It’s the question we couldn’t get past.
By: Amber Copeland For YourTango.com
There are certain questions you should ask your partner before getting down to the business of having kids:
In what religious tradition do you want to raise your child?
What sort of schooling do you prefer?
Will you want childcare?
How do you feel about circumcision?
When my husband and I started trying to have kids, these conversations went swimmingly. Until we got to circumcision. That’s where we discovered a clash: should I get pregnant with a son one day, my husband thinks he should be snipped, and I don’t.
This led to a series of debates, some more heated than others.
As a circumcised male, my husband thought any son of his would naturally undergo the procedure as well. There would be no questions about why our future son didn’t look the same as his dad, or why he didn’t resemble most other boys his age, and since the operation is a minor one, it isn’t really that big of a deal.
I, on the other hand, was horrified at the idea of altering a baby boy’s body in an irreversible, painful way without need. I wouldn’t pierce a baby girl’s ears, much less remove the boy’s foreskin. I couldn’t see any good reason to do it. I’m an atheist and my husband is an agnostic, so religious tradition isn’t even an issue for us.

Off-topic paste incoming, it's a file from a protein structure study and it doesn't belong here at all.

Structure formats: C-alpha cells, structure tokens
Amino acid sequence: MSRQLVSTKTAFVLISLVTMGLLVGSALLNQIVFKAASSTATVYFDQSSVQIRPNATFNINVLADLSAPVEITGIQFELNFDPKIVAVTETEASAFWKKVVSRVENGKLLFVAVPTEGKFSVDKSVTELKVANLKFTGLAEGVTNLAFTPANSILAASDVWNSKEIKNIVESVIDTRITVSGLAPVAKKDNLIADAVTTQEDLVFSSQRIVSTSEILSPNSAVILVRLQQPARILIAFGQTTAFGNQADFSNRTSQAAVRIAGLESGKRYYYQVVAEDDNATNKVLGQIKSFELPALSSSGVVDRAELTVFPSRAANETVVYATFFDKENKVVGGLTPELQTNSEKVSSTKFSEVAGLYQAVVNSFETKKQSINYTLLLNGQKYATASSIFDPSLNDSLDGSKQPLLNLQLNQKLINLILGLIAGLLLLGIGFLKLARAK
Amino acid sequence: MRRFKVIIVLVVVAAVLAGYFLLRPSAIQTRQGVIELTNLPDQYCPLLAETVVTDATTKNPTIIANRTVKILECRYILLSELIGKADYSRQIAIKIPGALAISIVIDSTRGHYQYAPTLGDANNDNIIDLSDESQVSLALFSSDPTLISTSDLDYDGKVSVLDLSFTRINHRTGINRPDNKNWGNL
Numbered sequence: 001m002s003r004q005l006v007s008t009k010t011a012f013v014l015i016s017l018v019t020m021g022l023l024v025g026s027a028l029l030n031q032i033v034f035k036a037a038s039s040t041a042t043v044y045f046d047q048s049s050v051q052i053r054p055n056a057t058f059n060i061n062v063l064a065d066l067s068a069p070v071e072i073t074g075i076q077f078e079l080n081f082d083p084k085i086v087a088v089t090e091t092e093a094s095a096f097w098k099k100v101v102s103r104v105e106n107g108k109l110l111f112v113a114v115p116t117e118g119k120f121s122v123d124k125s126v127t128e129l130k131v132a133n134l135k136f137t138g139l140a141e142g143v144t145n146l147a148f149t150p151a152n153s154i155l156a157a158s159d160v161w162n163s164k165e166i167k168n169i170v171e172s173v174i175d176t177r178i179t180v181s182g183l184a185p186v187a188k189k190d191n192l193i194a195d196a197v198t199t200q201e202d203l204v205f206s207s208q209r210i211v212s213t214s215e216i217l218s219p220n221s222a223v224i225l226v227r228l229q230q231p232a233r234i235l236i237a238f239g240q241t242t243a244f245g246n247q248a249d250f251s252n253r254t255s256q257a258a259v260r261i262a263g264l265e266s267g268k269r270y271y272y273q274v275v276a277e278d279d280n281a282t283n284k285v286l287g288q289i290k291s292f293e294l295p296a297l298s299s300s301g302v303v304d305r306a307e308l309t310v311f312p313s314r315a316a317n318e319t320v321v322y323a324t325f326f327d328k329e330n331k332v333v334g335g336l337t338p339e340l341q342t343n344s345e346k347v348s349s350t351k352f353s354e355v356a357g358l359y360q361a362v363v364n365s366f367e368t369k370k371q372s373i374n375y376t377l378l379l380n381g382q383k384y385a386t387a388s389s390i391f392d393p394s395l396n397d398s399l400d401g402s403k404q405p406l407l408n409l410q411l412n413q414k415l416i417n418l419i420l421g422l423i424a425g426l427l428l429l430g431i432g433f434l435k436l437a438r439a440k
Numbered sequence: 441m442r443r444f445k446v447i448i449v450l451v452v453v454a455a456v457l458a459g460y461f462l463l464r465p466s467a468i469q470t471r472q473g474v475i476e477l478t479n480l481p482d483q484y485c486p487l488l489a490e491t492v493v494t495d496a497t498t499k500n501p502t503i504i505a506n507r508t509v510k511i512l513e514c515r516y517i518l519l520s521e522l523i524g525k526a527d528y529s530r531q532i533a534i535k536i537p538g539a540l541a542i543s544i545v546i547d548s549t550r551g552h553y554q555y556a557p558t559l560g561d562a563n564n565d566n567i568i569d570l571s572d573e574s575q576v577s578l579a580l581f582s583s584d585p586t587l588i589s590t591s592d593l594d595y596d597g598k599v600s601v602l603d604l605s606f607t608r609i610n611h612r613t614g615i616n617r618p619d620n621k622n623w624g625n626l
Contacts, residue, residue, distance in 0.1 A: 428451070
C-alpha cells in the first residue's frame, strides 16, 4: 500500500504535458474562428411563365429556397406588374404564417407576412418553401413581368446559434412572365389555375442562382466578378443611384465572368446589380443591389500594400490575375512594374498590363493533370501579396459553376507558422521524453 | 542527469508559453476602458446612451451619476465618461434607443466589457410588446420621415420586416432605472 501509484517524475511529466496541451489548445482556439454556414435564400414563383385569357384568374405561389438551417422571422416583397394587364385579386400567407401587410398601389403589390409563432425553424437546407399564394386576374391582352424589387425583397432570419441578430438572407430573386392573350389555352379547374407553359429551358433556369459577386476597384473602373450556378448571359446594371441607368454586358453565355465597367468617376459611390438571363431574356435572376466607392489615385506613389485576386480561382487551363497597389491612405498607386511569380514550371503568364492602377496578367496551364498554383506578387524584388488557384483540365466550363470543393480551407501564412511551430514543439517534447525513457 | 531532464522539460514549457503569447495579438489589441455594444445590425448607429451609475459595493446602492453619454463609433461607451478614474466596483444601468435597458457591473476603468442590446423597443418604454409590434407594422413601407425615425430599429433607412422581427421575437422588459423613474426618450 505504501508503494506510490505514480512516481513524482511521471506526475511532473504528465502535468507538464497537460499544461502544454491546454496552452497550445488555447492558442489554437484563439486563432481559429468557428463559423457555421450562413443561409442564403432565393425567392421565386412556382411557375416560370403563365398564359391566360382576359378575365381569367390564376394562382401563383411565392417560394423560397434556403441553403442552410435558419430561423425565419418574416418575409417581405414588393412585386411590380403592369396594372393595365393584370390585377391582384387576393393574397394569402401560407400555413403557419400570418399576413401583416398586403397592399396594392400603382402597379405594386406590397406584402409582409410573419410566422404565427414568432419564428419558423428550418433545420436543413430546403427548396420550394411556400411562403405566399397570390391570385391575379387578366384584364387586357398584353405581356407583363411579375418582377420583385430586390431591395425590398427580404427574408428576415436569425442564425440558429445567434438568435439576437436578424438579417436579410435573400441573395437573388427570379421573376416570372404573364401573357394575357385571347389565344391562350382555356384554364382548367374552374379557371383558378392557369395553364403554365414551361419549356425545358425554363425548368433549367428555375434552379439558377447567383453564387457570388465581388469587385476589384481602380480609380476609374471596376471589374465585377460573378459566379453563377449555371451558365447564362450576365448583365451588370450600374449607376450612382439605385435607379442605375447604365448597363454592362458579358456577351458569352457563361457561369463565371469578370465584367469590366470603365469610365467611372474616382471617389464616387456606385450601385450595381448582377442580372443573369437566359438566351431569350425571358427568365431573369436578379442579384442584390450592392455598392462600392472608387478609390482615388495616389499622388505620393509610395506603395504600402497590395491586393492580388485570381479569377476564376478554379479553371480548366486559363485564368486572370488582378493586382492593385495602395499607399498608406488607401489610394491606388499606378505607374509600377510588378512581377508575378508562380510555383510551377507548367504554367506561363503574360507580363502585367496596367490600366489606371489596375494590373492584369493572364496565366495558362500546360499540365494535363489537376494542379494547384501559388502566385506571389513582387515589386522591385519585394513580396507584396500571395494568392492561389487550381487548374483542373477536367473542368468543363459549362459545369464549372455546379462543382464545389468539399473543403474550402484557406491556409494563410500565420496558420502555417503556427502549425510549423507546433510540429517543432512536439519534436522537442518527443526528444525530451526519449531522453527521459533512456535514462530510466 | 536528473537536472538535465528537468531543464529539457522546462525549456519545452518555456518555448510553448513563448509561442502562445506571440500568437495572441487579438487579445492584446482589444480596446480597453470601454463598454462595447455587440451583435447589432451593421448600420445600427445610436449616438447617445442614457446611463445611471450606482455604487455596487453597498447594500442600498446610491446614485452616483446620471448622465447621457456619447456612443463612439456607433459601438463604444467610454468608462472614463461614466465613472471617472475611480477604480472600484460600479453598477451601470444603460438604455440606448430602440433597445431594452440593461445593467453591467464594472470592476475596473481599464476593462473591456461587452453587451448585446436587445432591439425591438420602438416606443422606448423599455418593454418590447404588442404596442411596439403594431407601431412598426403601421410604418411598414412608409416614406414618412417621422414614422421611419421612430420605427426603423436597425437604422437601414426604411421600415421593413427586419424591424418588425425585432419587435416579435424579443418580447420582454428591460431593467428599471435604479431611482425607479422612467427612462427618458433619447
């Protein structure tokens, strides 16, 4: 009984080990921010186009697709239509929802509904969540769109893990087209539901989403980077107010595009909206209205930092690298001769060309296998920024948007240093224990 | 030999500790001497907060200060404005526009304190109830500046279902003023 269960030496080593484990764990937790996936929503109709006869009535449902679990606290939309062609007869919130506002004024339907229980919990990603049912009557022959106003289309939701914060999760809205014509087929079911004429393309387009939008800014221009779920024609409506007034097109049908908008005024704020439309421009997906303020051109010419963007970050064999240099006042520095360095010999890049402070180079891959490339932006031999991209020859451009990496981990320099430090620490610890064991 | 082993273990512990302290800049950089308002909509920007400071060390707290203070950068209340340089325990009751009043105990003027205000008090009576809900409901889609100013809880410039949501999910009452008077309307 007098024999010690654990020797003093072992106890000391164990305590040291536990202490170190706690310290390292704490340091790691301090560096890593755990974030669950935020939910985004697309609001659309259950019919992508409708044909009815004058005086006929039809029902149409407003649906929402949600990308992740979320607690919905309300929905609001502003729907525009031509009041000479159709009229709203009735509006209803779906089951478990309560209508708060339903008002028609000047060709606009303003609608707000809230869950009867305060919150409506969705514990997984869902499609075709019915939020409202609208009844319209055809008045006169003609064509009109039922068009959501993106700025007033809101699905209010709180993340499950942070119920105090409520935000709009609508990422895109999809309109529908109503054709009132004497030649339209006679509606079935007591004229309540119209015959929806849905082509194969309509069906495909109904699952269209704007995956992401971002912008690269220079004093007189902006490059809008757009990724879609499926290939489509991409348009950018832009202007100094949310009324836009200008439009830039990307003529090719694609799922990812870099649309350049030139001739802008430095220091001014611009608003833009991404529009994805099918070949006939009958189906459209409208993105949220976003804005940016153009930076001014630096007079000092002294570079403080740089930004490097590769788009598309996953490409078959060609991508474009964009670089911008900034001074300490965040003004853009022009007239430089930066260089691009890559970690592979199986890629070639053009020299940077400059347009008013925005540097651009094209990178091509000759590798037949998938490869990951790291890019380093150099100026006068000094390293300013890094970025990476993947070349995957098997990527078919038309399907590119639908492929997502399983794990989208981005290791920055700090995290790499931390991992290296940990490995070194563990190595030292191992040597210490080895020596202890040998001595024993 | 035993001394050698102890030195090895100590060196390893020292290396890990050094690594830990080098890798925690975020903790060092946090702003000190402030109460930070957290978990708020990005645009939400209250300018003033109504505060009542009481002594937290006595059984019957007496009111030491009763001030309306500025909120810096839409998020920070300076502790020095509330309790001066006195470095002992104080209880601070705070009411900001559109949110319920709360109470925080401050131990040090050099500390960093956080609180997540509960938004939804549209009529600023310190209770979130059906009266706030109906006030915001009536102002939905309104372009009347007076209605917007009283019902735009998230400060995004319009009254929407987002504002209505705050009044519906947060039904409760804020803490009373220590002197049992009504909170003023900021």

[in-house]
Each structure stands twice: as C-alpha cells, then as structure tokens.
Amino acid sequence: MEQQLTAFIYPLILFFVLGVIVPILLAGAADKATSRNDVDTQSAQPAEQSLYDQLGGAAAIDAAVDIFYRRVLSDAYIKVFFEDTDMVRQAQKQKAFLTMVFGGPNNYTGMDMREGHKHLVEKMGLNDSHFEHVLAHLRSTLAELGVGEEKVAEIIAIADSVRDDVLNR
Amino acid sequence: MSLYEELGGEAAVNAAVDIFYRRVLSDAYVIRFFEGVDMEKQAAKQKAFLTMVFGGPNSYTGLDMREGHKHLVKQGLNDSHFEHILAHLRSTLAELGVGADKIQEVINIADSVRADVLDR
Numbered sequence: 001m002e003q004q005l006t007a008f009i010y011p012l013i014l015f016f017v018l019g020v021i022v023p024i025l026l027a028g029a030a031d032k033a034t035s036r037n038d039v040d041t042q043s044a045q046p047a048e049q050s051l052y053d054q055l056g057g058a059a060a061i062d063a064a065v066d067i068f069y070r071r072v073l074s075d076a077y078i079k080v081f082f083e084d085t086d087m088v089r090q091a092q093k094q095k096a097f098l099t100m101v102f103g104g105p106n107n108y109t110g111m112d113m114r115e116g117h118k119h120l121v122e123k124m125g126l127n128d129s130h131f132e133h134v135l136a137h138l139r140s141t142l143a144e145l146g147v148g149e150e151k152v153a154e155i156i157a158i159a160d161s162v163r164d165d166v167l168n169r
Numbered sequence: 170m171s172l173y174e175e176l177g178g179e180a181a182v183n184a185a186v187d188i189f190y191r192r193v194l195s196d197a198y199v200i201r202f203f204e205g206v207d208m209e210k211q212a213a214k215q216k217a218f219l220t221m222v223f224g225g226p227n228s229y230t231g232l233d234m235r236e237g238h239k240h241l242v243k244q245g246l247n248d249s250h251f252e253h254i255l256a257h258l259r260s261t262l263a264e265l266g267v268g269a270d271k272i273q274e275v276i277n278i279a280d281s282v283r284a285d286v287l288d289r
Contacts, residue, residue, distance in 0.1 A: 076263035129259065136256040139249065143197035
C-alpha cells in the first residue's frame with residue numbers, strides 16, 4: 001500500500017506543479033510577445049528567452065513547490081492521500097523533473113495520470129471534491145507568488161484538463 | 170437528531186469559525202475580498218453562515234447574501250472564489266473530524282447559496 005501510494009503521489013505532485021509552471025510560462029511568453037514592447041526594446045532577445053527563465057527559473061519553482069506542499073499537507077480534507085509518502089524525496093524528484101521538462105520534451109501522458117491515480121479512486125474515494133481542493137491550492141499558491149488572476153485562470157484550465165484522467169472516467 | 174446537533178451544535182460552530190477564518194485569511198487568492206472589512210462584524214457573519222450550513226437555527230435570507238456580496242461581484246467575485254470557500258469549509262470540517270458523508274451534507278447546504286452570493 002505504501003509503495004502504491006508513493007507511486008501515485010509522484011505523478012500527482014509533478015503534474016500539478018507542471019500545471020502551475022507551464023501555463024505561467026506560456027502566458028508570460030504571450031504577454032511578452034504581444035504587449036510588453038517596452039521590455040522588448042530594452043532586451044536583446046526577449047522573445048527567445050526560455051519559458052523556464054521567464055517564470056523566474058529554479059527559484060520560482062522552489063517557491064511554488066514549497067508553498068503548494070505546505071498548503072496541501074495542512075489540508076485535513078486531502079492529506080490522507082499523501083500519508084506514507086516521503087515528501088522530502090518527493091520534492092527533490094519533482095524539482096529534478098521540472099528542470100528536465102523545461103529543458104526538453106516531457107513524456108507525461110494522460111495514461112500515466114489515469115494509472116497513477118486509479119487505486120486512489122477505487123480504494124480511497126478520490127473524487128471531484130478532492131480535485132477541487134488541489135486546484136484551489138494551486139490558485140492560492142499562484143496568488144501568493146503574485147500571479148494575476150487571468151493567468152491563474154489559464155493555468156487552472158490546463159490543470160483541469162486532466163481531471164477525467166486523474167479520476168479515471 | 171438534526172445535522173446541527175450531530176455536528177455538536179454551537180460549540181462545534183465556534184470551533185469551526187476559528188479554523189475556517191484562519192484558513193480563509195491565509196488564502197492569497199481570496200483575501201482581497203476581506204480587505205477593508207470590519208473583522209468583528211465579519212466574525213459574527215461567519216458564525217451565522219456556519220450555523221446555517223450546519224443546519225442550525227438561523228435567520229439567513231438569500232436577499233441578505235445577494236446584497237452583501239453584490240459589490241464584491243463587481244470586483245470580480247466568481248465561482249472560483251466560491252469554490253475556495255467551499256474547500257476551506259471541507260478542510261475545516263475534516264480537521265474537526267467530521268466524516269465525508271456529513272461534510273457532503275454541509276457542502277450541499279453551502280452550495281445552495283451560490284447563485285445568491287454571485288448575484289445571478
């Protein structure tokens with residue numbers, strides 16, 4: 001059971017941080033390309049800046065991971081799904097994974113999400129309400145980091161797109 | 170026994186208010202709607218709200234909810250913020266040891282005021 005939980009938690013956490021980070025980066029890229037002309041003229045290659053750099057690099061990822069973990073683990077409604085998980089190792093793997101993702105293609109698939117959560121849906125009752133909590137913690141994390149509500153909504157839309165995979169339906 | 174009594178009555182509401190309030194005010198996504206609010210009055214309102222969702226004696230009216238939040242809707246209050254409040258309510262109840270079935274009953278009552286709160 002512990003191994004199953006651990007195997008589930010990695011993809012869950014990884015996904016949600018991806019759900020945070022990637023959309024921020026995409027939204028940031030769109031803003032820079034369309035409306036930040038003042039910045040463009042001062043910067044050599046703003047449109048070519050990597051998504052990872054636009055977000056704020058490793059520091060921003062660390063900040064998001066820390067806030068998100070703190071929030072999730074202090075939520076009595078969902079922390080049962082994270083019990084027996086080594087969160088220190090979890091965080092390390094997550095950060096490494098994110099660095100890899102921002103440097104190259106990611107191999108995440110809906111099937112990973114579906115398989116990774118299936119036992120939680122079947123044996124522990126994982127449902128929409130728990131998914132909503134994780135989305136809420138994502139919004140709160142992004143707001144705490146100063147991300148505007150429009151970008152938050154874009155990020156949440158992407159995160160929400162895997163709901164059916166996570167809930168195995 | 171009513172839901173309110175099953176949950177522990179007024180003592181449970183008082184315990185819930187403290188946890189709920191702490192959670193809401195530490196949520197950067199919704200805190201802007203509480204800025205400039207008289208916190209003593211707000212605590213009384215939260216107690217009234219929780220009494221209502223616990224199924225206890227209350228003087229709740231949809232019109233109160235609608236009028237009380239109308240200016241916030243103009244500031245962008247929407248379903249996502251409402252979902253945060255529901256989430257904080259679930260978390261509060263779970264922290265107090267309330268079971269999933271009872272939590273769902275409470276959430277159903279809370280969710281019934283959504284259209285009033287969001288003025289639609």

Sure, I understand a man wanting his son to be like him, especially in this particularly masculine way. The thing is, when my husband was circumcised it was because of an actual, honest-to-goodness medical necessity. The foreskin was too small. It was painful, so the surgery had to be done. His mother wasn’t wild about the idea but she didn't have a choice. If it were medically necessary, I would do the same thing.
But the oft-touted medical benefits, such as decreased risk of transmission of HIV, HPV, and herpes, seem to me like a false sense of security. I would rather teach my son about safe sex than let him think he can rely on a modification to his body to protect him. The studies show only partial protection and even the American Academy of Pediatrics has said there isn't enough evidence to recommend all male infants be circumcised.